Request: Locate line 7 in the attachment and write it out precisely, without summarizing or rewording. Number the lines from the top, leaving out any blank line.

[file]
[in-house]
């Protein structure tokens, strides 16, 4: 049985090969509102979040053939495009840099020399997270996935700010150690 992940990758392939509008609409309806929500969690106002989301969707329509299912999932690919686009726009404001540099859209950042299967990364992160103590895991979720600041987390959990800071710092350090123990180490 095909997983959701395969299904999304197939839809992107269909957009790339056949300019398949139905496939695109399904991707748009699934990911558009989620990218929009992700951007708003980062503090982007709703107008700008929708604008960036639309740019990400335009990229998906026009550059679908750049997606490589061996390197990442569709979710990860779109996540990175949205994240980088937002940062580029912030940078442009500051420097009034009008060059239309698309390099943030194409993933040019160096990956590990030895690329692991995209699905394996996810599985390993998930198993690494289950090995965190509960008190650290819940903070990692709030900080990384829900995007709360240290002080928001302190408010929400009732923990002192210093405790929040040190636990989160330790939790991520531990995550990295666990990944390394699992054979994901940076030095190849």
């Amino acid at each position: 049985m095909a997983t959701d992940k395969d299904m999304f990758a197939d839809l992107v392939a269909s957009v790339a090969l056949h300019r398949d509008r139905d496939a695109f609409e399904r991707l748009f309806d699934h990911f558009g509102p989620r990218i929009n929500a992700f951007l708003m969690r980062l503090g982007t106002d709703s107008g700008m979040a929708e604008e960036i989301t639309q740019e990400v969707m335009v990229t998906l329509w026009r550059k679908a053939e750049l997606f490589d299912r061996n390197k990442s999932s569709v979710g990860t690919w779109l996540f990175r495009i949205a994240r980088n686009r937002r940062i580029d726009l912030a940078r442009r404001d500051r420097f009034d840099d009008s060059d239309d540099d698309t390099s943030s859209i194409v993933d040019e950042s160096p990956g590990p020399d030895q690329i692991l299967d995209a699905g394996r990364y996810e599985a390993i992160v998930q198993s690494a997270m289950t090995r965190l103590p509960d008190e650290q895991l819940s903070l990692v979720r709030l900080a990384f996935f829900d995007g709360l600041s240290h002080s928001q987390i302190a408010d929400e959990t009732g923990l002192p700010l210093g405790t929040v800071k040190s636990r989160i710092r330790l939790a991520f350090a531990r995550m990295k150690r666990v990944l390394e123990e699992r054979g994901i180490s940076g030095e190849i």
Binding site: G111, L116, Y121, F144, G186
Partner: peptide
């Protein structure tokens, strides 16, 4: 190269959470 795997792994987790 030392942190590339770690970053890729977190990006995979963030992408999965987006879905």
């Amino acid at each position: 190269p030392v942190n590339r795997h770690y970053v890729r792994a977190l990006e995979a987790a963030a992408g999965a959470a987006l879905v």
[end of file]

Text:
């Amino acid at each position: 190269p030392v942190n590339r795997h770690y970053v890729r792994a977190l990006e995979a987790a963030a992408g999965a959470a987006l879905v």